Grosvenor Park Open Air Theatre was launched in 2010 to create “the perfect summer-time experience with drama and carefree picnics mingling to perfection. Above all we wanted audiences to enjoy themselves.” And that they did.
I travelled from Manchester to see Othello and audience members who aren’t from Chester, never fear as the location of the open air theatre is almost impossible not to find. I took a companion with me who had never experienced Shakespeare before and the look on her face after the performance itself told me everything I needed to see: she loved it.
Shakespeare’s Othello is a thriller surrounded by an epic battle of wills for the sake of love and honour and is often described as the finest tragedy in the English language. Simon Coombs takes on the eponymous character Othello and gives a truly mighty performance that provokes many horror struck faces in the penultimate scene of the play.
His portrayal is both majestic and tragic. Graham O’Mara steals the show as Iago, the way his character bounces from a true and honest friend (through the eyes of Othello) to a bitter and brutal villain. The fluency of it is just right as even much younger audience members were able to follow without difficulty.
I found myself particularly impressed with actors Samuel Collings and Leon Scott who portrayed characters Cassio and Roderigo. Leon Scott’s character Roderigo is comical as well as hopeless which triggered both laughter and sympathy towards his innocent and naive character. You note his effort even when he wasn’t the point of focus within the scene, often shaking his head helplessly or gazing at the beautiful Desdemona (played perfectly by Rebecca Smith-Williams) his character never wavered once.
Samuel Collings has the unique ability to command attention in whatever scene he is in. He plays the completely innocent Cassio whose reputation is tainted by Iago’s cruel influence.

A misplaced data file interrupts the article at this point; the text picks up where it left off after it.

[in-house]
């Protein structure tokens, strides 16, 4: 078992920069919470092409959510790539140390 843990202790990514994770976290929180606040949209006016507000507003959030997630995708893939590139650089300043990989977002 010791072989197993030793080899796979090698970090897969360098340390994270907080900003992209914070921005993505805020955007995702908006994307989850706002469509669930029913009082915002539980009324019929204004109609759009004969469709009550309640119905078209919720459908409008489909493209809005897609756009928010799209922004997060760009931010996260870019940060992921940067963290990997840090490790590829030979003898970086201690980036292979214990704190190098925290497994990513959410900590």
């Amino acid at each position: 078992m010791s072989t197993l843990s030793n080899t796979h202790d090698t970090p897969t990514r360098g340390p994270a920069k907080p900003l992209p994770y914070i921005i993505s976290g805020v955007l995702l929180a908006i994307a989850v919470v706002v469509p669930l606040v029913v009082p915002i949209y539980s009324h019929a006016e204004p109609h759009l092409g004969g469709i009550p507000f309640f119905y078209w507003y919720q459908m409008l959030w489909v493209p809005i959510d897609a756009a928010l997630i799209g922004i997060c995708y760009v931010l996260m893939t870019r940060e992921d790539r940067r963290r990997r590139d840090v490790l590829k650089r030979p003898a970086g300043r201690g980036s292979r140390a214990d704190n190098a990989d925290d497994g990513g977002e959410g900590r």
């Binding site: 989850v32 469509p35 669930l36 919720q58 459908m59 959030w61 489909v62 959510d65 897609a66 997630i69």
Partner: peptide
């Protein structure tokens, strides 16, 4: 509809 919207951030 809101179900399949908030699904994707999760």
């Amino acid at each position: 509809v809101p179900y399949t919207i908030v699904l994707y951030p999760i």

Amongst the many flawless performances one element in particular stole the show for me: the costumes. You feel sorry for the actors within the performance as their authentic costumes must have been such a burden to wear under the afternoon sun, no matter how beautiful they are to look at.
The team go the extra mile by offering out sun cream and parasols to audience members to ensure that they have the most enjoyable and comfortable experience possible. I found the whole thing quite surreal. Many people were sat or laying on blankets; sunbathing and spectating. I was sat in a deck chair bare foot, glass in hand whilst Iago is scheming and twisting Roderigo’s mind. The odd situation in which we are watching does not interrupt or distract the performance but makes me feel strangely comfortable.
Though Othello may not be the most appropriate play for a child to see, I spotted a few children who were watching quite attentively throughout the first half though were taken out before the second half.
Thanks to the Grosvenor Park team for such a magical day. It’s just such a shame I didn’t have a chance to see the other two shows.
Though I can say with certainty that I will be there next year, as this Othello is fautless.